Notice that the first step in this technique is to exaggerate the pronunciation of the word. We’re not advocating that your child go around saying camera with ultraprecision—just during spelling lessons.
Now there will be times that “pronounce for spelling” won’t work. Take the word could, for example, where the silent L can’t be pronounced. In these cases, we throw the word in jail. Curious what that means? Read this post to find out exactly how we throw words in jail and to get your own jail for spelling words!
It can be endearing when children mispronounce words—aminals for animals or pasghetti for spaghetti. Their early attempts can make us smile.
At this stage, it isn’t necessary to interrupt a child to correct his pronunciation. It’s more important to keep a positive environment for speaking and communicating.
The best method for helping a child’s pronunciation is through purposeful modeling. If your child says, “I’d like some more pasgetti,” you could respond, “More spaghetti, coming up!” If your child talks about an ambliance whizzing past your car, you could say, “The ambulance must be headed to the hospital.” These are gentle, almost invisible, corrections.
But young children aren’t the only ones who pronounce words incorrectly.
Check out this list of common words that are easier to spell when they are pronounced correctly. Click the audio icons below to hear the correct pronunciation of each word. (Note: if a word has more than one accepted pronunciation, the most common pronunciation is given.)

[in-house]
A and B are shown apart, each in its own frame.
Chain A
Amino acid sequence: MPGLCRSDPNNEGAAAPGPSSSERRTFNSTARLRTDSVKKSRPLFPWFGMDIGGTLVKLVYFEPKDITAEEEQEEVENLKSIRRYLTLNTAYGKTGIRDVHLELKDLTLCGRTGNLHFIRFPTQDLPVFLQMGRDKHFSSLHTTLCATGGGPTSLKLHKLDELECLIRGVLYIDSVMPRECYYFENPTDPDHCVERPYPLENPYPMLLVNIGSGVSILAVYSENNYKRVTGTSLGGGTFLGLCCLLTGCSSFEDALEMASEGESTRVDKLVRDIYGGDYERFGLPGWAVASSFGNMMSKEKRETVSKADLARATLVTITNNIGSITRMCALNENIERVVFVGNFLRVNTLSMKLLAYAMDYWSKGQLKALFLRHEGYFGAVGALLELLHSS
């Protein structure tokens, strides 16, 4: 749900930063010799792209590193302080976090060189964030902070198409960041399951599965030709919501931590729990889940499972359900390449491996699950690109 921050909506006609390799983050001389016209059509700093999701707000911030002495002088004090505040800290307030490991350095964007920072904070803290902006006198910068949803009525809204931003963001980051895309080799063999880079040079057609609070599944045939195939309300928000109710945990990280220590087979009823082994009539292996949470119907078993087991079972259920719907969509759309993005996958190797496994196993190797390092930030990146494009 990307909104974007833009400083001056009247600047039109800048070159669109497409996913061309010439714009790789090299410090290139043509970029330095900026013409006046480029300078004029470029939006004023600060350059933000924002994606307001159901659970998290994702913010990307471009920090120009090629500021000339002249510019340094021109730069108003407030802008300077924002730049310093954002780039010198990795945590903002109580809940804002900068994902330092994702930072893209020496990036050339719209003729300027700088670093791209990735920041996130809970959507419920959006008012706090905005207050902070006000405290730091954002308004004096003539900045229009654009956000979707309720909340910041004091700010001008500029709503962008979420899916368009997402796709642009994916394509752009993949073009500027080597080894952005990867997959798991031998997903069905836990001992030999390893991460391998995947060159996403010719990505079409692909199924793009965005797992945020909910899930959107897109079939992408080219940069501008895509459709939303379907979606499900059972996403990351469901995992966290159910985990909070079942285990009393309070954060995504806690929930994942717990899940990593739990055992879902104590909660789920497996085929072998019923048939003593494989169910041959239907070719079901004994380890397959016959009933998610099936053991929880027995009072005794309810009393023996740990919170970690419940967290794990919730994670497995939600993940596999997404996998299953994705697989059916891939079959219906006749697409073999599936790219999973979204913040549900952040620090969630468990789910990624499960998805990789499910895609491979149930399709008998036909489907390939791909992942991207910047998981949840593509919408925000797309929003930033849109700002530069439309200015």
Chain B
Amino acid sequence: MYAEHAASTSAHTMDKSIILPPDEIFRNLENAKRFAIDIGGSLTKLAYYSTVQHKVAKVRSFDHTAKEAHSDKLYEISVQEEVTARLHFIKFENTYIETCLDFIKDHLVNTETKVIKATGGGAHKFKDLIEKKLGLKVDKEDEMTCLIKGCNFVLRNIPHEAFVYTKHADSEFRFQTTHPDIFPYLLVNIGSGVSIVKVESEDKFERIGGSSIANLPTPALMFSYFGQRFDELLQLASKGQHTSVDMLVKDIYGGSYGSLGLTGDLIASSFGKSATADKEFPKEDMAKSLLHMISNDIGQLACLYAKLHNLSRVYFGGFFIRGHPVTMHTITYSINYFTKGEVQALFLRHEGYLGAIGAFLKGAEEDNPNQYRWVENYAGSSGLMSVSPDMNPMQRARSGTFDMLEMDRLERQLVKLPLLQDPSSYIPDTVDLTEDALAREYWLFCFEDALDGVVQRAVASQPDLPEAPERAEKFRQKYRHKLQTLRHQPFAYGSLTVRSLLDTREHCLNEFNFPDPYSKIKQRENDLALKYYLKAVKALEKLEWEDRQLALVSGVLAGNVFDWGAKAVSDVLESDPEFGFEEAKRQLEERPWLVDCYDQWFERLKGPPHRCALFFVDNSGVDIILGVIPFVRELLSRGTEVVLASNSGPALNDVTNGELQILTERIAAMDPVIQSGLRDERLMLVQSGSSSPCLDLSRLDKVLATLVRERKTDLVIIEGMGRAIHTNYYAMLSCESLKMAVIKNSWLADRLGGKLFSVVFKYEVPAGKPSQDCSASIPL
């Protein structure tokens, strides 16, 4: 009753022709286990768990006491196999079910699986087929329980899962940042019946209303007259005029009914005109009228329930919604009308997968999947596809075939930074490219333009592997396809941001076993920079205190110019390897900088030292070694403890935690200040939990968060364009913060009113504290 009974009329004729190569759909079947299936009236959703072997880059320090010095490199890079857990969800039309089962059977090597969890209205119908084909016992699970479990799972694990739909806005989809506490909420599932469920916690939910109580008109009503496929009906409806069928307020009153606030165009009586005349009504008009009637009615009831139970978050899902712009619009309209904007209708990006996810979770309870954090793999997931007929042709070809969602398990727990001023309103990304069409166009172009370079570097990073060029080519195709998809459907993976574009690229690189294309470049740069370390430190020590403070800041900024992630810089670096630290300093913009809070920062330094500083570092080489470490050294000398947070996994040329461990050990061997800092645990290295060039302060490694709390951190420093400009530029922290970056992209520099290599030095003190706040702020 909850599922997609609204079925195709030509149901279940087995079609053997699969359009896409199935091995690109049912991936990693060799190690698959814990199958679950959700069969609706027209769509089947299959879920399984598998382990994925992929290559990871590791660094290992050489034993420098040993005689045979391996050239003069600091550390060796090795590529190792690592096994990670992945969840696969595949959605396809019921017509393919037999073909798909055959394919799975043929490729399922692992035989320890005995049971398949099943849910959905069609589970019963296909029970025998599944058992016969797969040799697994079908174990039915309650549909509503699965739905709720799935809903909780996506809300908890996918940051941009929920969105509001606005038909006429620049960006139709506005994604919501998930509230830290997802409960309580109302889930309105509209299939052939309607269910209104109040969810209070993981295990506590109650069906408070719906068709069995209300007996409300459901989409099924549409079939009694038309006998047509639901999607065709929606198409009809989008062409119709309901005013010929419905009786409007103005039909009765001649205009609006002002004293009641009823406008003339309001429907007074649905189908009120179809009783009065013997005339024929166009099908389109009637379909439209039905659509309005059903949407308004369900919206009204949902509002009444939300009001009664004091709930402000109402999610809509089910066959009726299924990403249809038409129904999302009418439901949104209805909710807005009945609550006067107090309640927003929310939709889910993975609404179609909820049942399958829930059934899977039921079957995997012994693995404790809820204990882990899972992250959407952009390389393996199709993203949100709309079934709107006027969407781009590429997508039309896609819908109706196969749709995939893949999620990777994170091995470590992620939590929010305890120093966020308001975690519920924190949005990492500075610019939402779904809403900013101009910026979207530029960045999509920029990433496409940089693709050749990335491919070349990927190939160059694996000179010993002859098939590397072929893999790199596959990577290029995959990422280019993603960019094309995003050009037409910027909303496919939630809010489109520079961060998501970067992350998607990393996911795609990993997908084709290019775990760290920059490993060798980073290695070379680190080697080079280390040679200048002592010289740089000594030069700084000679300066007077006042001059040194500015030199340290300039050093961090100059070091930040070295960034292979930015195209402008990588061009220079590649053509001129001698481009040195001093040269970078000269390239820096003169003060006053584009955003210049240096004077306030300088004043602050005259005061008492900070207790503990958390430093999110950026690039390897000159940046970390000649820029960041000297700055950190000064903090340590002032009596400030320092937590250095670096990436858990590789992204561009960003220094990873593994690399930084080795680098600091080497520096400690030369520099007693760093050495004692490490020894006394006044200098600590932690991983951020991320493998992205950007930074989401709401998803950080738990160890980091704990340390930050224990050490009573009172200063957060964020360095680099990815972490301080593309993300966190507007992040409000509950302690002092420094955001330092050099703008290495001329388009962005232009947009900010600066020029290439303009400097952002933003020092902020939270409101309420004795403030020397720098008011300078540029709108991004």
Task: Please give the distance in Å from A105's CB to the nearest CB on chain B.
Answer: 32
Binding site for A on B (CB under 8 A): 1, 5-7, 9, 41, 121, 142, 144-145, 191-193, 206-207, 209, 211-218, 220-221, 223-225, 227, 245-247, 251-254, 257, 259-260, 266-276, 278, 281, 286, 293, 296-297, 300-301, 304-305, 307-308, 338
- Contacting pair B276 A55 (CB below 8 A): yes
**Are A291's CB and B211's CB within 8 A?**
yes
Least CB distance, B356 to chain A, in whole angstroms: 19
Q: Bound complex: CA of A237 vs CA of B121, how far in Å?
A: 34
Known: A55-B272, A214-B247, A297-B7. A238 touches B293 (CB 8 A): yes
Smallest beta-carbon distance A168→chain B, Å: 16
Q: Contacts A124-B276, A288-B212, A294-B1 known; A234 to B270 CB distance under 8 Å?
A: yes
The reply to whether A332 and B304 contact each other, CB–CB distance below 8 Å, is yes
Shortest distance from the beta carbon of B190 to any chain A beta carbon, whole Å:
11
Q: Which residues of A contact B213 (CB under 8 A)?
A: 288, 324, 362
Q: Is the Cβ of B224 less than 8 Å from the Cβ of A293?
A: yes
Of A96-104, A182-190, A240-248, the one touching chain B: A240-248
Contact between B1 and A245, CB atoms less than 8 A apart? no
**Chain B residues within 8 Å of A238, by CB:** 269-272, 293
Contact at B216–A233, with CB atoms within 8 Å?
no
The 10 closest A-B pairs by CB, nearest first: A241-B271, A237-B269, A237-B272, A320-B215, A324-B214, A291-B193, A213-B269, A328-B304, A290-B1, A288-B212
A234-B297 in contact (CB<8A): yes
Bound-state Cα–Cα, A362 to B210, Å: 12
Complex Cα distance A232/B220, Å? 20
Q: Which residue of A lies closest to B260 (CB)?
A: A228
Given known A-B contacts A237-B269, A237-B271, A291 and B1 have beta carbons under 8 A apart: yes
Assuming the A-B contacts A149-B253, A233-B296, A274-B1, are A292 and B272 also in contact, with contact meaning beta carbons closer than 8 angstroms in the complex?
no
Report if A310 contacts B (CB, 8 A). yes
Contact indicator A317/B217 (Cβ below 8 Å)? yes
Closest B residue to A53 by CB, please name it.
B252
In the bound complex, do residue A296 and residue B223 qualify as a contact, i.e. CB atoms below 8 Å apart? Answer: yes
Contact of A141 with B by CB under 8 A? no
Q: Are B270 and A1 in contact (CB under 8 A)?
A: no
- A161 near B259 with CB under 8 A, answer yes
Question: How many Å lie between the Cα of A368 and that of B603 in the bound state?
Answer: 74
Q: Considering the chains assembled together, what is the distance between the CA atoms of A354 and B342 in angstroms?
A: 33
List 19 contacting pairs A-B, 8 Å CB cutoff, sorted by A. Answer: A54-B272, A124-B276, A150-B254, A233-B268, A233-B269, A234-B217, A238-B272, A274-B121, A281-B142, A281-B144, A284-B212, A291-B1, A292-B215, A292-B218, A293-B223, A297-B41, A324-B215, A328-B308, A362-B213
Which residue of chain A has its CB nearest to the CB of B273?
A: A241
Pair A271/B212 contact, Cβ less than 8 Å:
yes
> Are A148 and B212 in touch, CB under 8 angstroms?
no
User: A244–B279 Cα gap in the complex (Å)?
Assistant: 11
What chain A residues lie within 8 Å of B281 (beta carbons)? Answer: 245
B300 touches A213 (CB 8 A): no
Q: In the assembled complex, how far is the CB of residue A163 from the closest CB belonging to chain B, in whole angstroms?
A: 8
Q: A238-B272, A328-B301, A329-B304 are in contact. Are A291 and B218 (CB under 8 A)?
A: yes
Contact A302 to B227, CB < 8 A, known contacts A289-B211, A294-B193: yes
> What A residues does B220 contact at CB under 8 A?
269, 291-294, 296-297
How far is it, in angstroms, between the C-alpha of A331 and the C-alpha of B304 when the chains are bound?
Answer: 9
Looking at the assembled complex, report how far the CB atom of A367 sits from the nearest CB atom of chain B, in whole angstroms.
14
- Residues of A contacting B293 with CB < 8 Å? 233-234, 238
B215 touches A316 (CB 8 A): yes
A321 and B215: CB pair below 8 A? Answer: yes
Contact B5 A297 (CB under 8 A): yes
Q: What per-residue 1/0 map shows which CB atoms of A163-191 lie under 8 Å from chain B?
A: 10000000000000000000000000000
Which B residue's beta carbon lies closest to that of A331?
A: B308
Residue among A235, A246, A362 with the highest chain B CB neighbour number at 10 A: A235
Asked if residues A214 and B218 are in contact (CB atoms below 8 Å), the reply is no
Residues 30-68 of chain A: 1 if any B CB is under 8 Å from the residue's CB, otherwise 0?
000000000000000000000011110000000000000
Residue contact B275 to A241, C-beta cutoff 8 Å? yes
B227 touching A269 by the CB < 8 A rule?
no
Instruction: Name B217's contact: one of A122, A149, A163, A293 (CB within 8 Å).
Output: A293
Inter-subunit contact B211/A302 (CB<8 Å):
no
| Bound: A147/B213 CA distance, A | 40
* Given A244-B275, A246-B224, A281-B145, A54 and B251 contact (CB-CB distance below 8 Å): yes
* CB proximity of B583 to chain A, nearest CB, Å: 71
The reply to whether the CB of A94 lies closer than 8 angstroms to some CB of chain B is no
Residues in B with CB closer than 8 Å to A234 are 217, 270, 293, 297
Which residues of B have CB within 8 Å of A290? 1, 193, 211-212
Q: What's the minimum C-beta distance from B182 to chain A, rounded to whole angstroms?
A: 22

|“bob wire”||barbed wire|
|“probly” or “prolly”||probably|
|“foilage” or “foe-lage”||foliage|
And then there is the issue of relaxed pronunciation, where we blend two or more words together in casual speech.
|acoupla (as in, I’d love to have acoupla goats.)||a couple of|
|algo (as in, Algo if you go.)||I’ll go|
|a lotta (as in, I ate a lotta spaghetti.)||a lot of|
|betcha (as in, I’ll betcha a dollar.)||bet you|
|awayzaway (as in, Our vacation is awayzaway.)||a ways away|
|c’mere (as in, Can you c’mere for a minute?)||come here|
|‘cuz (as in, I dropped it ‘cuz it was hot.)||because|
|d’wanna (as in, D’wanna go to the park?)||do you want to|
|hafta (as in, I hafta go to the store.)||have to|
|howzat (as in, Howzat book you’re reading?)||how is that|
|kinda (as in, We stayed up kinda late.)||kind of|
|omina (as in, Omina show you something.)||I’m going to|
|sko (as in, Sko to the beach!)||let’s go|
|toldja (as in, Toldja he wouldn’t like it!)||told you|
|don’tcha (as in, Don’tcha want to come with me?)||don’t you|
|whaddya (as in, Whaddya mean?)||what do you|
|yoosta (as in, I yoosta be good at playing piano.)||used to|
|spozed-ta (as in, You’re spozed-ta be there early.)||supposed to|
Here are technical words to describe how words can change in casual speech:
Most of us do change words when we speak, but in spelling class it is helpful to slow down and pronounce the words clearly to reduce the chances of misspelling them.
Any time your student fergets how to spell a word, simply remind him not to forget to “pronounce for spelling.”
By taking the time to thoughtfully consider every part of the word, he will be able to clearly enunciate each syllable, thus increasing his chances of spelling the word correctly.
Is there a word that your child has trouble spelling because of a pronunciation problem? Let me know in the comments below.